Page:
Home Campus Elizebethan set built in amphitheater

Elizebethan set built in amphitheater

Patrick Ulrich, a senior majoring in theatre studies, helped design the set for his senior capstone project, which is similar to the Globe Theater in London for the play “The Shoemaker’s Holiday.” According to www.bartleby.com, the play was written by Thomas Decker, an English playwright, and was published in 1600. WILLY ROSE | Scroll Photography
Patrick Ulrich, a senior majoring in theatre studies, helped design the set for his senior capstone project, which is similar to the Globe Theater in London for the play “The Shoemaker’s Holiday.” According to www.bartleby.com, the play was written by Thomas Decker, an English playwright, and was published in 1600.
WILLY ROSE | Scroll Photography

Students are working to design and build an outdoor set in the David O. McKay Amphitheater for “The Shoemaker’s Holiday,” a production that will be performed July 1-3 and 8-11.

Patrick Ulrich, a senior majoring in theatre studies, designed the set for his senior capstone project.

He said he has been working with the director of the show, Steven Schmid, an adjunct faculty member of the Theater Department, since last semester. He met with Schmid and listened to him explain the concept for the show. Ulrich then incorporated the concept into the set design.

Ulrich said Schmid wanted the set to be plain and simple on the outer edges and become more intricate to the center of the set. This represents how the shoemaker changes throughout the course of the play.

Ulrich said that because the play is about a shoemaker, Schmid wanted the audience to be near eye-level with the actors’ shoes, so Ulrich designed a raised stage to be the base of the set.

Ulrich said he’s helped out with set designing before, but for this production, he designed the whole set under a mentor.

“With this set, I got to start from scratch, from the beginning, where the director says, ‘Here’s kind of how I want to floor plan to look. Make it look beautiful,’” Ulrich said. “I got to draw it out of my own head.”

Ulrich said he researched the time period of the play, which is the Elizabethan Era, in order to know how to design the set to match the play.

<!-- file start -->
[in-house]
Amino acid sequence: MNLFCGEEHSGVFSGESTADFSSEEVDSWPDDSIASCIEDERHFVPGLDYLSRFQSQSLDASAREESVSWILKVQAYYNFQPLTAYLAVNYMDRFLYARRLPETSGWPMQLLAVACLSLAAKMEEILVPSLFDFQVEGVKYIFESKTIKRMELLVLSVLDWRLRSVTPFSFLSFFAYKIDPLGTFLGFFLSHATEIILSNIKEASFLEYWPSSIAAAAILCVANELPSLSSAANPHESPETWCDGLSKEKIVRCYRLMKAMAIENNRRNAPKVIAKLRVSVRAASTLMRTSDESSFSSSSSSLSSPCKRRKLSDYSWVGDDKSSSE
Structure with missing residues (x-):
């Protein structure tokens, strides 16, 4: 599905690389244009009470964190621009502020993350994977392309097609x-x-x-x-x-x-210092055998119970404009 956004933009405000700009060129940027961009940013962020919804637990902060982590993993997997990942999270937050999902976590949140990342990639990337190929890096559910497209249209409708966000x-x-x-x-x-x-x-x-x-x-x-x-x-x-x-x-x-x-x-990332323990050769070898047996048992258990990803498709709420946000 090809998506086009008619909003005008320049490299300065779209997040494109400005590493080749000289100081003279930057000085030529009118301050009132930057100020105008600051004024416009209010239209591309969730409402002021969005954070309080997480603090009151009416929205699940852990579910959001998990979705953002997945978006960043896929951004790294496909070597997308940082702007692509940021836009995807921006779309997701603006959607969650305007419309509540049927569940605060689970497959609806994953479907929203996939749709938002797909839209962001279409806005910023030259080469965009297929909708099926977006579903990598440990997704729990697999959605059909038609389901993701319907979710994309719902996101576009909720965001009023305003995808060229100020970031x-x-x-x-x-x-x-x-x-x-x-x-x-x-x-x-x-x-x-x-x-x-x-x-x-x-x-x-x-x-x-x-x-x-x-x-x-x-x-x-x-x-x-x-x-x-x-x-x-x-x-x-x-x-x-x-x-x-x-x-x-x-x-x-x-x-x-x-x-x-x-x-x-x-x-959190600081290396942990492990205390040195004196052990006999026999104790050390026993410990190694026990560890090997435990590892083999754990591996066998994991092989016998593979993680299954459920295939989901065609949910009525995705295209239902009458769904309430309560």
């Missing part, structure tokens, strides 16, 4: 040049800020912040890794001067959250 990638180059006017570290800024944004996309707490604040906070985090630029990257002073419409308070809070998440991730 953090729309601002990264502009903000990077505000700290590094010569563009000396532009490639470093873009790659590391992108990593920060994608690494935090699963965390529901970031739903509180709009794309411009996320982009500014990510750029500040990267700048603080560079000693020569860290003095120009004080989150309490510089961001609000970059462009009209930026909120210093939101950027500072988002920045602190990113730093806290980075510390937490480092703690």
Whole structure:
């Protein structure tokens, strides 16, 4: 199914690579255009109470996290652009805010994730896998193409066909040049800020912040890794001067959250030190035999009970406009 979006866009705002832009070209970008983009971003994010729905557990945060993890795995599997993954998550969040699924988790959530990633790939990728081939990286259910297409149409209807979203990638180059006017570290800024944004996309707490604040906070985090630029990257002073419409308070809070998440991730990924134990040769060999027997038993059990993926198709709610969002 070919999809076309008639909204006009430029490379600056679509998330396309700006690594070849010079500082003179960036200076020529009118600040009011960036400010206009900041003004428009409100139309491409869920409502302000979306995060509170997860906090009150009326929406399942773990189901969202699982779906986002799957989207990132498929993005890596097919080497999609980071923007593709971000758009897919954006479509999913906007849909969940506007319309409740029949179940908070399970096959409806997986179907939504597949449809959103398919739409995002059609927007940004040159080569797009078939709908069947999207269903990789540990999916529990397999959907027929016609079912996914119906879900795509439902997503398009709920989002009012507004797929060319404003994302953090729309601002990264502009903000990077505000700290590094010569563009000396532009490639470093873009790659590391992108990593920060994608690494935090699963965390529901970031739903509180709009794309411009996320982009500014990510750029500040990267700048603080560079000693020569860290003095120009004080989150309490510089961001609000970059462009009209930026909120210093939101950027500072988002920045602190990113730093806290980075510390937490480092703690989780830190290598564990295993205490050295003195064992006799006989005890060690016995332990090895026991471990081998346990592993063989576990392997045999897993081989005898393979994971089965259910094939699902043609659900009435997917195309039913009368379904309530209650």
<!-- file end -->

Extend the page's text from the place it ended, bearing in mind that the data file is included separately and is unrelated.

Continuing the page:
He said he wanted the set to look similar to the Globe Theater in London, which is a famous tiring house built      in 1599.

Ulrich said he put himself into the characters’ shoes and thought about what the characters’ houses might          look like.

Ulrich said the carpenters, a team of students hired to build sets, first built the platform stage in the Black Box Theater in the middle of Winter 2014 Semester and then rebuilt it in the Snow Drama Theater along with other parts of the set.

The builders then took the set apart to build it outside in the Library Amphitheater, where the production will be held.

Rob Lee, a carpenter and a senior studying construction management, said the set was built inside first for a       few reasons.

“We don’t want [the set] to be outside longer than it has to be,” Lee said. “In addition to that we had a short window of time that we could assemble it … it’s really inconvenient for the students, so we want to make sure that we’re out here for a short amount of time.”

Jayze Flake, the Theatre Department scene shop foreman and a senior studying health care administration, said he and his crew had a total of two weeks to build the set outside.

Flake said the major challenge of building the set is not being able to anchor it to the concrete.

He said in order to keep the set safe for the actors, the builders are anchoring everything to the base as best as they can. Welders have also been working on the set.

“We can’t put screws or nails in it, so we had to build it sturdy enough that when the wind picks , it is not going to tip over,” Lee said.

Lee said he and the builders are using heavier material.

Flake said that regardless of the challenges, he enjoys working on the set because he can work with his hands and it is a great opportunity to be creative.

“I like to see the fruits of my labor come out,” Lee said. “It is very apparent in construction whether you’ve done it correctly or incorrectly.”

Ulrich said he loves the versatility that comes with design.

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